So it's really worth remembering Jesus' questions whenever we feel anxious or afraid...

"Why are you so fearful? How is it that you have no faith?"

© 2023 Ken Peters

Friday, September 29, 2023

Seeking God Every Which Way

Is seeking God best achieved by actions or by words? Perhaps the best answer to that is, Yes.

Nearly every English translation uses one English word for two Hebrew words in Psalm 105:4. For example, the publishers of the New American Standard Bible (NASB) boldly describe it as "the most literal" English translation of the Bible. It translates Psalm 105:4 as, 

"Seek the LORD and His strength; Seek His face continually." 

But when the psalmist wrote that, he used two different Hebrew words that we translate "seek." Only the recently translated Common English Bible (CEB) seems to note this, as it translates Psalm 105:4 as,

"Pursue the LORD and his strength; seek his face always."

In the first half of the verse, the Hebrew word is daras, which means to tread or to beat a path; to frequent or to follow; to "pursue" (CEB). In the second half of the verse, the Hebrew word is baqas, which means to search out or to strive after; to ask or inquire; to "seek."  

Perhaps the psalmist chose two different words on purpose. Imagine that! A writer actually caring about the words chosen to express what he or she is thinking. The two words put together in this verse give us a picture of running after God as we cry out to God; of exerting ourselves to get to the place of prayer while expressing ourselves in the practice of prayer. 

As the psalmist urged his readers to "Seek the LORD and His strength," perhaps he was thinking of an ongoing pursuit. To "beat a path," or to "frequent" a favourite place speaks of an action that's repeated and persistent. For example, there's a used bookstore that I have frequented so often that the owner greets me by name, and knows the kind of books I look for. And in my life with Jesus, I want my relationship with him to be defined as an ongoing pursuit, not an occasional visit. If I really want to walk closely with Jesus, and truly want to live by his strength, I'll be sure to beat a path to his door every day!

But as the psalmist urged his readers to "Seek His face continually," it seems he was thinking of a search that may not be so easy. To "search out or to strive after" or to "ask or inquire" suggests that sometimes God is not so easy to find amidst our circumstances. Sometimes God seems hidden. Sometimes his face seems behind a cloud of troubles we're struggling with. That's not rare, and the psalmist goes on in Psalm 105 to share examples of instances in Israel's history when God may not have been so easy to find. He writes of famine (v.16) and of oppression (v. 25), and gives God the credit for causing those troubles. Anybody who says that God only calms storms, but never causes them hasn't read of the God who "called for a famine upon the land" (v.16), or elsewhere, where we're told that "He spoke and raised up a stormy wind, Which lifted the waves of the sea" (Ps. 107:25). But in Psalm 105, before the writer mentions any such troubles, he urged his readers to search hard for the face of God, and to ask him to reveal himself.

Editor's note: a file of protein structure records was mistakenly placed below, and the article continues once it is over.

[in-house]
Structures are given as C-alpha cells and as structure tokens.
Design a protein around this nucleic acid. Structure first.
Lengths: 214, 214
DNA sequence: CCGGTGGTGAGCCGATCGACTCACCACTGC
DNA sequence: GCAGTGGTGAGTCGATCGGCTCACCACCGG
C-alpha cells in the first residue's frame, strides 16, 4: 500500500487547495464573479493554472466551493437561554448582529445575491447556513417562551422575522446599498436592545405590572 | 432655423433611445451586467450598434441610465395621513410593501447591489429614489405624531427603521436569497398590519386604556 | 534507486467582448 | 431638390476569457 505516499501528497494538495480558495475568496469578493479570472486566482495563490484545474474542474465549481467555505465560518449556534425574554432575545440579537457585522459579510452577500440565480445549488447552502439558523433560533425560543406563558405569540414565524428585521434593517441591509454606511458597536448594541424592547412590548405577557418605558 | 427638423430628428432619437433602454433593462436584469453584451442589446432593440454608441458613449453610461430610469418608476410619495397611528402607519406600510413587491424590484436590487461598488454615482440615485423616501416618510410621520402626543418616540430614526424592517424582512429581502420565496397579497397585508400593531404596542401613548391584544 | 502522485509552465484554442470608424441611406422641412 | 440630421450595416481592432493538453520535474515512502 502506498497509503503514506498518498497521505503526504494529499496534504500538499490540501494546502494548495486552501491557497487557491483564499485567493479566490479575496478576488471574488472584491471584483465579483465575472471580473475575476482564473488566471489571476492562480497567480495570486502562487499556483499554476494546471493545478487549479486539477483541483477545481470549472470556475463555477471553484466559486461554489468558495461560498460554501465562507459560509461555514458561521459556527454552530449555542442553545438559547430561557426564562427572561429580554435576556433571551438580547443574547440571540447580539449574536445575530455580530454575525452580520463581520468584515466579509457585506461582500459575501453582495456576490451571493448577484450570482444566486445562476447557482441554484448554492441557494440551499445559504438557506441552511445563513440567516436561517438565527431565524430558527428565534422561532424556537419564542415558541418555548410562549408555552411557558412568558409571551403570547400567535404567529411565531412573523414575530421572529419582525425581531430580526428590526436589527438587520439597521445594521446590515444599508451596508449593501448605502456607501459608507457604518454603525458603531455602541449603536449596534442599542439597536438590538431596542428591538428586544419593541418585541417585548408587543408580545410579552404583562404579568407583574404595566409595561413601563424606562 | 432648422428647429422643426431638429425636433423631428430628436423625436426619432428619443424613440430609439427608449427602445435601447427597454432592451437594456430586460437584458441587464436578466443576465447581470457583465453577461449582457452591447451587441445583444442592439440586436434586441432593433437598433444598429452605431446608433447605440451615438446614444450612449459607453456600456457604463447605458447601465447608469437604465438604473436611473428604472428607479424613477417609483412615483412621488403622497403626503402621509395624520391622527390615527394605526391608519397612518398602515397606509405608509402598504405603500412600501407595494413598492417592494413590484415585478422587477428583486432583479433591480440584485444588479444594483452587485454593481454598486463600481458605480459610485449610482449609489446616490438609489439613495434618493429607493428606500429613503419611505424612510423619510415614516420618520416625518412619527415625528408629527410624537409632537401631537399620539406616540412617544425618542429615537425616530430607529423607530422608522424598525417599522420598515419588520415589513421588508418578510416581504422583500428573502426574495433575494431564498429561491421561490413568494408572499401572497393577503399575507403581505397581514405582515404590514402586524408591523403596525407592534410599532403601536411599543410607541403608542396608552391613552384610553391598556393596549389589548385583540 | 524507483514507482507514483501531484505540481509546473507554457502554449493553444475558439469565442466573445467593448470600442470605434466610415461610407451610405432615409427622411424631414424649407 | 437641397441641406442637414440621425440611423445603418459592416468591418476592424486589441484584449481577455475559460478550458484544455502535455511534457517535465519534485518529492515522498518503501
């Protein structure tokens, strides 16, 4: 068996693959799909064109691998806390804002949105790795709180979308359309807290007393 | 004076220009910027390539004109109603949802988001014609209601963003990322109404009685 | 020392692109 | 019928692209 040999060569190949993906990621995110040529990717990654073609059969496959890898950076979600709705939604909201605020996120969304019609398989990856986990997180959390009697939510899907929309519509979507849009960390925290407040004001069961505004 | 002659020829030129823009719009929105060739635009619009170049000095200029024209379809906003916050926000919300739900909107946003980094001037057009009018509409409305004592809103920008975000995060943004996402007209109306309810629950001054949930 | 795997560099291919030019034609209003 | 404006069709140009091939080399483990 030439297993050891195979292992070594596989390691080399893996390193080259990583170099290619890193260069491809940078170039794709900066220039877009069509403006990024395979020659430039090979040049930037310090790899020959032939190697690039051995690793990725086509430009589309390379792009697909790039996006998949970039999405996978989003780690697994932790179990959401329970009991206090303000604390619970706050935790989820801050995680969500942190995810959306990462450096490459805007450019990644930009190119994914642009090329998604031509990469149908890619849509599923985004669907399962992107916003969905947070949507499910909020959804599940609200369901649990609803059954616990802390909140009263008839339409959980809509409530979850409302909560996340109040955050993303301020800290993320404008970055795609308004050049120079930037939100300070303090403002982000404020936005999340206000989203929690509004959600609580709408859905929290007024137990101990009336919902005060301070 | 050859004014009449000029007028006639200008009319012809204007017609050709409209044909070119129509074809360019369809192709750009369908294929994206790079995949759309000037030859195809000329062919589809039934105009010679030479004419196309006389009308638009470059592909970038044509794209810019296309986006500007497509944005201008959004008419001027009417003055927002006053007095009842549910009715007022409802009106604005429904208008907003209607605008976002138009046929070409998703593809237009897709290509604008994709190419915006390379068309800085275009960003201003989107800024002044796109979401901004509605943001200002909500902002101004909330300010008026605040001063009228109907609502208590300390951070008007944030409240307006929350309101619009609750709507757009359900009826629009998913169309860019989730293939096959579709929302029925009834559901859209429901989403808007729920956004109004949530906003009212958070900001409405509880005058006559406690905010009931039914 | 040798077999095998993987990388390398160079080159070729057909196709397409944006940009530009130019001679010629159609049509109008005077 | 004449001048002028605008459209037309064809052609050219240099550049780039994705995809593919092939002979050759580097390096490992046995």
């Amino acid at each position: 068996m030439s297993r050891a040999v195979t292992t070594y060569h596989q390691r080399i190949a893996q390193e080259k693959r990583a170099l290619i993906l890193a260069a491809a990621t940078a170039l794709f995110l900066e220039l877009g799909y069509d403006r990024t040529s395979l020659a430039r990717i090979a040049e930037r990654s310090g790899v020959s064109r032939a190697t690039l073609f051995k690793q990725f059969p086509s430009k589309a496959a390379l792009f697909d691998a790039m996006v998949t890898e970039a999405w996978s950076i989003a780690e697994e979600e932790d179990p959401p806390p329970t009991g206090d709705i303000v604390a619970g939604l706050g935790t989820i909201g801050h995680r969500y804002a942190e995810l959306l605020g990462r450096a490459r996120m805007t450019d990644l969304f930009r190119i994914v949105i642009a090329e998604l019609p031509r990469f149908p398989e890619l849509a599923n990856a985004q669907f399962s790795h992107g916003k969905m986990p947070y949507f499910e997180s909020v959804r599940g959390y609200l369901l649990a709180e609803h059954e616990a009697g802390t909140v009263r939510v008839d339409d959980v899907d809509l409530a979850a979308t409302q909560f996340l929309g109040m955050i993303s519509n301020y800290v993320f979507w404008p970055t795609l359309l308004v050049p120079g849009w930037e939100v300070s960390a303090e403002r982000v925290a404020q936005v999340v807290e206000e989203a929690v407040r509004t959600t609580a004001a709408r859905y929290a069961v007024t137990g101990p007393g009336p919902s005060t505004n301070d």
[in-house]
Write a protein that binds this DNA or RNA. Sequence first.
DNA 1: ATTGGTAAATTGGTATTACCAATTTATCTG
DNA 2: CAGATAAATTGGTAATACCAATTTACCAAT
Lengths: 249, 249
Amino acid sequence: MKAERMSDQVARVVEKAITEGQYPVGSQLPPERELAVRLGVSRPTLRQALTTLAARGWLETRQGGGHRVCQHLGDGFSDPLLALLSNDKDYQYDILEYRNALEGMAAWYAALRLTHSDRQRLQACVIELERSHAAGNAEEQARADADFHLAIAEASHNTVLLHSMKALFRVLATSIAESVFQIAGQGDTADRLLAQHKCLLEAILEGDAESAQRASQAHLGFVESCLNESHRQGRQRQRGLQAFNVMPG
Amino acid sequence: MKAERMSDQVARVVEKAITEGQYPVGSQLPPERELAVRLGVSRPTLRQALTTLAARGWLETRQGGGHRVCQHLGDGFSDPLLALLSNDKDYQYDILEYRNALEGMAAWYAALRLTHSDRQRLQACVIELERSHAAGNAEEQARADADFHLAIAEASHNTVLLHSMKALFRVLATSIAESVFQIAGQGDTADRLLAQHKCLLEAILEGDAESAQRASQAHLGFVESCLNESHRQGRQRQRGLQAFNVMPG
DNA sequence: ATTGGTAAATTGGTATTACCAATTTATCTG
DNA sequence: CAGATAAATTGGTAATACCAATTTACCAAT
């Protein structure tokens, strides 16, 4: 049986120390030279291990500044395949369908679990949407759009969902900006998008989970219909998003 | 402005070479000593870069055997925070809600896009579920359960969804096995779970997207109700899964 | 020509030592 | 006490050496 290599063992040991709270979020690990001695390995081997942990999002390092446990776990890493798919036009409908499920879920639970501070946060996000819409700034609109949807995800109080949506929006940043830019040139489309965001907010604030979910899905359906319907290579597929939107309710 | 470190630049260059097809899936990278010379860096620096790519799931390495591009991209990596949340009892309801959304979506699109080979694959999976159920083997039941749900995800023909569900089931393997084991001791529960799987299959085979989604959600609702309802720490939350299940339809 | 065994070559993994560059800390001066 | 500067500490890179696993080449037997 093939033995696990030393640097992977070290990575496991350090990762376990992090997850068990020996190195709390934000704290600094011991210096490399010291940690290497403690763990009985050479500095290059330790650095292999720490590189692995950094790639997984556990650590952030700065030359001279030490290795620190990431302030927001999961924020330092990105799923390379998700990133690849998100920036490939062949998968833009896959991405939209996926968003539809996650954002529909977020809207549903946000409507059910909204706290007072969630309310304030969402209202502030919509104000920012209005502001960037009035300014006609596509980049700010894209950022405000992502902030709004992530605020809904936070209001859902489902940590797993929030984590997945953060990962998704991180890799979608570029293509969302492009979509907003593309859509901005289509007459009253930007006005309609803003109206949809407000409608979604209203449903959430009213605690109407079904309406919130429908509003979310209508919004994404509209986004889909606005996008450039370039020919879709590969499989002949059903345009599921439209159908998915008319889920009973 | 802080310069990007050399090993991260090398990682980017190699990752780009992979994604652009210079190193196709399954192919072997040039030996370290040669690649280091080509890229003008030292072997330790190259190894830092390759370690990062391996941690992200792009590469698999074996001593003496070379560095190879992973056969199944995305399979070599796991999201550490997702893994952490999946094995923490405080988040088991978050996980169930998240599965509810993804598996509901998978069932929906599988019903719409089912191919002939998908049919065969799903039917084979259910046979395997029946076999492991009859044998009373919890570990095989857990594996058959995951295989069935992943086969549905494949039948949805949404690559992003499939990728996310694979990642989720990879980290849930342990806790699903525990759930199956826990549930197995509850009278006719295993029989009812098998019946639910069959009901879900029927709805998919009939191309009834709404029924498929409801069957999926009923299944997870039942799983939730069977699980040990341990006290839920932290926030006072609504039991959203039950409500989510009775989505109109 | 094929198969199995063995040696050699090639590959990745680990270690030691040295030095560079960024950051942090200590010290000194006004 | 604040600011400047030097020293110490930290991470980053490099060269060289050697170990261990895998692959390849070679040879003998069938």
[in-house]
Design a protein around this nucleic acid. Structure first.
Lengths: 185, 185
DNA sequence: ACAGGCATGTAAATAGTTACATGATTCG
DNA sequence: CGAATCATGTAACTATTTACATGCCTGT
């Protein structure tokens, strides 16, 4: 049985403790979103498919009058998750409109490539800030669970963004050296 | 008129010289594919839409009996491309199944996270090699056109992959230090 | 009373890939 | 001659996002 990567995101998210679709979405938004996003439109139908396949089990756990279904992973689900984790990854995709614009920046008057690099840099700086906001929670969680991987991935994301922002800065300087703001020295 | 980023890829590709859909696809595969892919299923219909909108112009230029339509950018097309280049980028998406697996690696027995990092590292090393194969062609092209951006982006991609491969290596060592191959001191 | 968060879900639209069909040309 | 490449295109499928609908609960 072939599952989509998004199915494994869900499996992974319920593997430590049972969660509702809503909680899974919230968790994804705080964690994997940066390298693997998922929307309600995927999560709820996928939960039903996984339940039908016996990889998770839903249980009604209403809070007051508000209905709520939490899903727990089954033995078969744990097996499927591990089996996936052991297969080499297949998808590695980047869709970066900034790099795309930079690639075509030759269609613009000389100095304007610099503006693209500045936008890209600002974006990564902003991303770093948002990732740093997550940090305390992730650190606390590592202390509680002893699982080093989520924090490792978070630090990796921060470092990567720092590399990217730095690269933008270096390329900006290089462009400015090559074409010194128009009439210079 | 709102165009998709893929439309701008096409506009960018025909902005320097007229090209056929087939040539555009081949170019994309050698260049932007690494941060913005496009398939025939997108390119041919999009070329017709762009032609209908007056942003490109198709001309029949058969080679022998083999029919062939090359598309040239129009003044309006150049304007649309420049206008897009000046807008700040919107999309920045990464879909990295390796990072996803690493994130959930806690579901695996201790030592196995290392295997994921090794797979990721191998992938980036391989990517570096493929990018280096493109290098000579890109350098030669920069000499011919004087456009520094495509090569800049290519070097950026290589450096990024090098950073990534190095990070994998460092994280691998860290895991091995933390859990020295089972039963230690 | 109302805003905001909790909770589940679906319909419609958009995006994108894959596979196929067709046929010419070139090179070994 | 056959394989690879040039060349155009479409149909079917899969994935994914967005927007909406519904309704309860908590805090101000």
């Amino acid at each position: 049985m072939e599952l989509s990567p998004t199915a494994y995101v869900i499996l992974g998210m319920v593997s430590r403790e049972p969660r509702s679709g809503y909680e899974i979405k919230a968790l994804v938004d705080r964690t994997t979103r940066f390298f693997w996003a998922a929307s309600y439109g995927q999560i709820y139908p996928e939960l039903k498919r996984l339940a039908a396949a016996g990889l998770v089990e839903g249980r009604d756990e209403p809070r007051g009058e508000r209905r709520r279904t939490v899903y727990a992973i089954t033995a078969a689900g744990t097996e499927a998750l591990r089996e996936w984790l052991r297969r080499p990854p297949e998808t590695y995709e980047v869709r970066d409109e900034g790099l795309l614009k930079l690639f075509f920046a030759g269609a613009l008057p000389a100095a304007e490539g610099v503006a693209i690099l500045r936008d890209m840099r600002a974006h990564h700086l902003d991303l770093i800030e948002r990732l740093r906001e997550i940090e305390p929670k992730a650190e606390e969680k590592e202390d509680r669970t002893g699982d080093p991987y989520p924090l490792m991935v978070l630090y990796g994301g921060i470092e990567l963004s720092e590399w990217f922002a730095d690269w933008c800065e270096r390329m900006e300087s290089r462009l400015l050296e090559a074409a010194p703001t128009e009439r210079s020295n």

Both of these words are a help to me. I want my life to be characterized by a running after God, beating a trail to be in his presence, and to be frequently found waiting in his presence, eager to receive the strength he gives to those who wait for him (Isaiah 40:31). And I don't want troubles in my life to hinder me from calling out to him as I strive to find him in such circumstances. I want to urgently inquire after him in prayer and Bible study as I search for him until we're face to face amidst life's challenges, so that I can learn what he wants to teach me in those times.

That's why I think both Hebrew words are truly important in this psalm. And it's why seeking God is best achieved by both our actions and our words.

© 2023 Ken Peters